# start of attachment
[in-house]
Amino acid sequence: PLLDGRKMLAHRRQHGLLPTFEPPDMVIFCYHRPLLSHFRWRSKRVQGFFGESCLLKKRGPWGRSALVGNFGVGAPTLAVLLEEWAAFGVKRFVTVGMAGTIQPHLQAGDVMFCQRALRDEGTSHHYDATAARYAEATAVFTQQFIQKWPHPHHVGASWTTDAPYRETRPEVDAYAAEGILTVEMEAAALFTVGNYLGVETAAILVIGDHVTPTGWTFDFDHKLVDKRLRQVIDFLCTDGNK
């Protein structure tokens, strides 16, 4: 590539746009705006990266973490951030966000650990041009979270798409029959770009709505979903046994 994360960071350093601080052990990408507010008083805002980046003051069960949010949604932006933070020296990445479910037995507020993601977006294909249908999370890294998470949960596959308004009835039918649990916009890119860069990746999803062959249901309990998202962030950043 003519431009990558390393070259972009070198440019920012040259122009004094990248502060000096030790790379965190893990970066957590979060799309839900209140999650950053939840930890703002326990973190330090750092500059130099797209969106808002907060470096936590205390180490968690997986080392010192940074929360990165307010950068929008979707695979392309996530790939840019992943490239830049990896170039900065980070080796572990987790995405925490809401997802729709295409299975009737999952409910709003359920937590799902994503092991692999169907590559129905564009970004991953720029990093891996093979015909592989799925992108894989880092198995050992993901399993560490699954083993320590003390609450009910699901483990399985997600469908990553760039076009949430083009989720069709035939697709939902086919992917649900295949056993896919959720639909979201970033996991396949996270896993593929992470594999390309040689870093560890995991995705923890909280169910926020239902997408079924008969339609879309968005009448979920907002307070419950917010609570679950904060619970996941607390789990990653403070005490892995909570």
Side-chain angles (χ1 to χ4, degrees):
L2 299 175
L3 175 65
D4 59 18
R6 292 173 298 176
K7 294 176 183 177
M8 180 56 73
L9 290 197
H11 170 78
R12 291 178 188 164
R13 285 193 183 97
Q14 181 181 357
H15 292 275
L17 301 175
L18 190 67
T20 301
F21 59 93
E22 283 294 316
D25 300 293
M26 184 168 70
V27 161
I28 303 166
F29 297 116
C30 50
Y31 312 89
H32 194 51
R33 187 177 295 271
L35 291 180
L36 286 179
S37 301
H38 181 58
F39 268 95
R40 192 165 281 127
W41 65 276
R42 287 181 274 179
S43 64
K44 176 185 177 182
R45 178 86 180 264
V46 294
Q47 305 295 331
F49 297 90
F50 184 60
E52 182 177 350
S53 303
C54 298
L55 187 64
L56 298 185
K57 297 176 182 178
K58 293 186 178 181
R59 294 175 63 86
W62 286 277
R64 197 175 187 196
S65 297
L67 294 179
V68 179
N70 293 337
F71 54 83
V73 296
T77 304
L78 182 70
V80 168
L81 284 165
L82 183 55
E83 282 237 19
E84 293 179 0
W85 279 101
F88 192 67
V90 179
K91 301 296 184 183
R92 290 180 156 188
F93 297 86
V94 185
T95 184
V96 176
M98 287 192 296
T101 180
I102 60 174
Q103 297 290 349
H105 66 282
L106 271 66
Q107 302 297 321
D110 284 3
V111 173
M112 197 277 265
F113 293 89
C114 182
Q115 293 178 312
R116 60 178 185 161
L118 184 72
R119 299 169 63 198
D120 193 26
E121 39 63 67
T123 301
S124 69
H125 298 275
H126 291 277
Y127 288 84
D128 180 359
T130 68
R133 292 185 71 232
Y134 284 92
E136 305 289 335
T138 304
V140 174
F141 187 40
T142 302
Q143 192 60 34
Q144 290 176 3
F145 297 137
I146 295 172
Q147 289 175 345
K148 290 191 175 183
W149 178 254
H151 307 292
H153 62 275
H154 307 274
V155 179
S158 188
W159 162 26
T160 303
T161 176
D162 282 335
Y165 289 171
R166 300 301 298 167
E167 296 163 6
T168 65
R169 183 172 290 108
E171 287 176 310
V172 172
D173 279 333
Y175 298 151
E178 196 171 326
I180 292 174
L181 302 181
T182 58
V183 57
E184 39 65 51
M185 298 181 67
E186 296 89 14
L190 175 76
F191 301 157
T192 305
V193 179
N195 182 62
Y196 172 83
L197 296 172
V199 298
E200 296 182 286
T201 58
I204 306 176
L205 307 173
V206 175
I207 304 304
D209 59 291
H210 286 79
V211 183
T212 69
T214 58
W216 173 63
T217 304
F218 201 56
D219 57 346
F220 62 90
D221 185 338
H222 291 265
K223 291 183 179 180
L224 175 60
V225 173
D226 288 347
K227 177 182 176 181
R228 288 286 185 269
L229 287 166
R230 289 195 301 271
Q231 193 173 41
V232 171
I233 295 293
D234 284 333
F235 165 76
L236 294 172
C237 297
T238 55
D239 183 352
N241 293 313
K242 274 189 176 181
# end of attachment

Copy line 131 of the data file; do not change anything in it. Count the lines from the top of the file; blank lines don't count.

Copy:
E171 287 176 310